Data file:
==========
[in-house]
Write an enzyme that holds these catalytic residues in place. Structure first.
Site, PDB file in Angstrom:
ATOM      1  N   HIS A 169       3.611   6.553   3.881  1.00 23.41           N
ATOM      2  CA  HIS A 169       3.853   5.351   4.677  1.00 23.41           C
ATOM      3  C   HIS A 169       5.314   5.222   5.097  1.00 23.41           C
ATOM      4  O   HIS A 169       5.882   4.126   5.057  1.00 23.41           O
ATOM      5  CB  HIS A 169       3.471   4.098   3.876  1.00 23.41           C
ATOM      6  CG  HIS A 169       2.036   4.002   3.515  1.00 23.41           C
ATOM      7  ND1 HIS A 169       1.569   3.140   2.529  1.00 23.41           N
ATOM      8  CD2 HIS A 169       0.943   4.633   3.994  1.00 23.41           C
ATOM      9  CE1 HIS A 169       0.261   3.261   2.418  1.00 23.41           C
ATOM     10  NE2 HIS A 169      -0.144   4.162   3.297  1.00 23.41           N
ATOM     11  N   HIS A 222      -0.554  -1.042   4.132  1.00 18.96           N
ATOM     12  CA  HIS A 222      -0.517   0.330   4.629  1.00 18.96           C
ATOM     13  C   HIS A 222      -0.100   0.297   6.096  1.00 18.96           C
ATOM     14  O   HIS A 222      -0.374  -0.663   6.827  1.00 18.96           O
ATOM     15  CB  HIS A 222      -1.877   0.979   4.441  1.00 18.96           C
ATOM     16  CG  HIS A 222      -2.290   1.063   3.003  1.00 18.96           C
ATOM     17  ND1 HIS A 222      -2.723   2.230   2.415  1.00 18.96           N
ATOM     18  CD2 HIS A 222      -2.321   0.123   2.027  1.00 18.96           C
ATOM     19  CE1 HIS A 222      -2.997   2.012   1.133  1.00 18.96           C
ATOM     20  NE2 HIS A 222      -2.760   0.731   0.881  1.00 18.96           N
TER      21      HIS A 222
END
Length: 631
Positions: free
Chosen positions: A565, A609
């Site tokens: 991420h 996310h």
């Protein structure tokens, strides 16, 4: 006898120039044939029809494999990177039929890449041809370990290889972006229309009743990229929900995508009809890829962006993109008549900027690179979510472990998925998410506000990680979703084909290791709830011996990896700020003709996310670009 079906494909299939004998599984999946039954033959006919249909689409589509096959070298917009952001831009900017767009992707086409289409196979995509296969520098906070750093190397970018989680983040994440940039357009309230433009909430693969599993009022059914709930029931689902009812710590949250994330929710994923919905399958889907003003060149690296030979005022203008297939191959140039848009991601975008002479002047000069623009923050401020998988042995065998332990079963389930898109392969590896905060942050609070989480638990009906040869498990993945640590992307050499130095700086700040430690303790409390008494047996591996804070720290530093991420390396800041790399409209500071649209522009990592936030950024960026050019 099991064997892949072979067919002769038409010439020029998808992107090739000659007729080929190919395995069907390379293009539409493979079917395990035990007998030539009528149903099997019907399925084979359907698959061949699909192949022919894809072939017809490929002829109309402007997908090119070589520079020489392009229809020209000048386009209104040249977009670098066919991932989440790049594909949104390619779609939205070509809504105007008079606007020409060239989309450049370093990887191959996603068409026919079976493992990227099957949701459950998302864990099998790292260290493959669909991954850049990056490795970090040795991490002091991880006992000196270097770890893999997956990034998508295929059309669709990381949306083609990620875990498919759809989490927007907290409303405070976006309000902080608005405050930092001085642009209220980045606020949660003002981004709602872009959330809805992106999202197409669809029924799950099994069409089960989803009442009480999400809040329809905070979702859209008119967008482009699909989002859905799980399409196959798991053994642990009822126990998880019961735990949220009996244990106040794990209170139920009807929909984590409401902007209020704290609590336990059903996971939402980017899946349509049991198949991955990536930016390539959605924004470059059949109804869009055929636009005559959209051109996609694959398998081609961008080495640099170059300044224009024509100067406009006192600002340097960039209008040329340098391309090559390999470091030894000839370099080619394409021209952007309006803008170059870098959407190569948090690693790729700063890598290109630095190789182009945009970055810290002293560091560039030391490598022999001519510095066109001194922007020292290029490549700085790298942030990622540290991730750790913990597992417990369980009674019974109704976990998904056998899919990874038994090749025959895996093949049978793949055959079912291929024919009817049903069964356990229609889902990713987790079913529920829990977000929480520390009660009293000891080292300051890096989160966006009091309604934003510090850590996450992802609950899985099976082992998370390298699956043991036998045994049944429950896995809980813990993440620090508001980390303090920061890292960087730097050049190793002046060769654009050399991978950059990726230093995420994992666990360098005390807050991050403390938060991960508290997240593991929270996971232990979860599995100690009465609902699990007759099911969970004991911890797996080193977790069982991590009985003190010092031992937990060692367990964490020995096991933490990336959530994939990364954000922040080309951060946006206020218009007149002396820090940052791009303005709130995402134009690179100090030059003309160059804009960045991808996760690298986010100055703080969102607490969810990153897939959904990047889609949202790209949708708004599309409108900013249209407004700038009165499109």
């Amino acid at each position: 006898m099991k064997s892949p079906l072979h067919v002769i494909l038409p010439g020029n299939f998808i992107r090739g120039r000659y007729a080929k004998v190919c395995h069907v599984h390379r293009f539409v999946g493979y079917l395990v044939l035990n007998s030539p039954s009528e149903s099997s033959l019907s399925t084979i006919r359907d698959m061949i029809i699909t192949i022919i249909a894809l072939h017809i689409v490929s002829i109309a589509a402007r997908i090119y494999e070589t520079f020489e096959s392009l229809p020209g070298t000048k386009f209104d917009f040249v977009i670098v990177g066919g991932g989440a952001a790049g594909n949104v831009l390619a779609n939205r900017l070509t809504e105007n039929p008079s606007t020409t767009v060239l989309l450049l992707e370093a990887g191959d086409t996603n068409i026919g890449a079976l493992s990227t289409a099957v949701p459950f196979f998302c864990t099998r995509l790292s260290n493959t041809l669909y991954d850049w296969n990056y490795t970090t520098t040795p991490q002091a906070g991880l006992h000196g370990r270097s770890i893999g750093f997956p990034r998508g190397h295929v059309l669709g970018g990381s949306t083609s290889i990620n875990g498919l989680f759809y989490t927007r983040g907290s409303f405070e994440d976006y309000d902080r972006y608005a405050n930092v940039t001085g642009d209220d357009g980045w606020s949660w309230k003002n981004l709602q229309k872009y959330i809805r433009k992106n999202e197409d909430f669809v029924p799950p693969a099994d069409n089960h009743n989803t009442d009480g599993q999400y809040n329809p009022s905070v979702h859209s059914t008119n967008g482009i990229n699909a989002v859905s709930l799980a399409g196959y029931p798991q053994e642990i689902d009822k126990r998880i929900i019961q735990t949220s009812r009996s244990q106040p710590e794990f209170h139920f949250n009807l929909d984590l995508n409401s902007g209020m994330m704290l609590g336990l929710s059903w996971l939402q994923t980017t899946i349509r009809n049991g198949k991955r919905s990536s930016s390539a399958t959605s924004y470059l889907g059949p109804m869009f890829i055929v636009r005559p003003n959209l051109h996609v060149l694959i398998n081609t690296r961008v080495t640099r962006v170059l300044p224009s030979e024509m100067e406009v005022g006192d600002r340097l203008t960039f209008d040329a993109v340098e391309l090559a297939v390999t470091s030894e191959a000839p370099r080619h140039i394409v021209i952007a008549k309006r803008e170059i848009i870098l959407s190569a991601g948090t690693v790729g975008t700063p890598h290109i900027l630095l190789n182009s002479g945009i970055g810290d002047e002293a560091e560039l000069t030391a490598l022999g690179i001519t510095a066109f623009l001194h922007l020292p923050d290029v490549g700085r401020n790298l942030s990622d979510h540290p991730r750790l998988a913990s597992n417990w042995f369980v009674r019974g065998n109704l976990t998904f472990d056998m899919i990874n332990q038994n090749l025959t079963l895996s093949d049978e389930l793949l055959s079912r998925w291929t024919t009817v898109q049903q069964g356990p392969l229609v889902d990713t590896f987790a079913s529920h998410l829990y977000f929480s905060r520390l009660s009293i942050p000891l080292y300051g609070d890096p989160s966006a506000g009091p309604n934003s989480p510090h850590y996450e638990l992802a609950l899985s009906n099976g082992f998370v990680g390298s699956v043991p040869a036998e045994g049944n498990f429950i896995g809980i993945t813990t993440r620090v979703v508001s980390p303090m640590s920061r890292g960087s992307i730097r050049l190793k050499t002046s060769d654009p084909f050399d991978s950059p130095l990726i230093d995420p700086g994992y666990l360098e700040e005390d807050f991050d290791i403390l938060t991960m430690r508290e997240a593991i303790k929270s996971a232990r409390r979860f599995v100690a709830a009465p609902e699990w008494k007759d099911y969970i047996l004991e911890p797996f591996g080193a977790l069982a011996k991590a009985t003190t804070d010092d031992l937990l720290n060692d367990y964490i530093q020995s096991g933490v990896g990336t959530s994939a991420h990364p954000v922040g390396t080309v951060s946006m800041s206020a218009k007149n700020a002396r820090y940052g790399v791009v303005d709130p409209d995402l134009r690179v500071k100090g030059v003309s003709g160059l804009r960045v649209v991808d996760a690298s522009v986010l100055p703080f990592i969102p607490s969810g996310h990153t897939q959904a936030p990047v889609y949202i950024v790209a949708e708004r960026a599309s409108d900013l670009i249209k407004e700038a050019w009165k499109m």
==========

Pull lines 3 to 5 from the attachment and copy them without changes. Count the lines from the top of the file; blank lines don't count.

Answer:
Site, PDB file in Angstrom:
ATOM      1  N   HIS A 169       3.611   6.553   3.881  1.00 23.41           N
ATOM      2  CA  HIS A 169       3.853   5.351   4.677  1.00 23.41           C